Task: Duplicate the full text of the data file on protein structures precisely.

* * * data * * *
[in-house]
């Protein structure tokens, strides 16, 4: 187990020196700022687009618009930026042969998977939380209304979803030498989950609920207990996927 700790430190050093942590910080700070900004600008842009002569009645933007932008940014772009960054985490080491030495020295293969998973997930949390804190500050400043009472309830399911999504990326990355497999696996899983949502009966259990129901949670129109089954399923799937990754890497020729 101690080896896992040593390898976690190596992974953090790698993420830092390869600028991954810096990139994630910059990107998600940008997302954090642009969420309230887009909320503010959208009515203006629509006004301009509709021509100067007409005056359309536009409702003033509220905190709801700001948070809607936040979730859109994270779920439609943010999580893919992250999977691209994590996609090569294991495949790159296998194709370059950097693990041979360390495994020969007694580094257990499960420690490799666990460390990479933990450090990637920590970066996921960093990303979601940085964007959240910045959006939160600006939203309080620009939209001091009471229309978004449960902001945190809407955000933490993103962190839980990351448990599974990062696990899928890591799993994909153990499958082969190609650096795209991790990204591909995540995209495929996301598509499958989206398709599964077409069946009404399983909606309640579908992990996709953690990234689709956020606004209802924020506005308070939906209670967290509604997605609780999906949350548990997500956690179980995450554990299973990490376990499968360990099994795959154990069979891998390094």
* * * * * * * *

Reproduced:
[in-house]
């Protein structure tokens, strides 16, 4: 187990020196700022687009618009930026042969998977939380209304979803030498989950609920207990996927 700790430190050093942590910080700070900004600008842009002569009645933007932008940014772009960054985490080491030495020295293969998973997930949390804190500050400043009472309830399911999504990326990355497999696996899983949502009966259990129901949670129109089954399923799937990754890497020729 101690080896896992040593390898976690190596992974953090790698993420830092390869600028991954810096990139994630910059990107998600940008997302954090642009969420309230887009909320503010959208009515203006629509006004301009509709021509100067007409005056359309536009409702003033509220905190709801700001948070809607936040979730859109994270779920439609943010999580893919992250999977691209994590996609090569294991495949790159296998194709370059950097693990041979360390495994020969007694580094257990499960420690490799666990460390990479933990450090990637920590970066996921960093990303979601940085964007959240910045959006939160600006939203309080620009939209001091009471229309978004449960902001945190809407955000933490993103962190839980990351448990599974990062696990899928890591799993994909153990499958082969190609650096795209991790990204591909995540995209495929996301598509499958989206398709599964077409069946009404399983909606309640579908992990996709953690990234689709956020606004209802924020506005308070939906209670967290509604997605609780999906949350548990997500956690179980995450554990299973990490376990499968360990099994795959154990069979891998390094």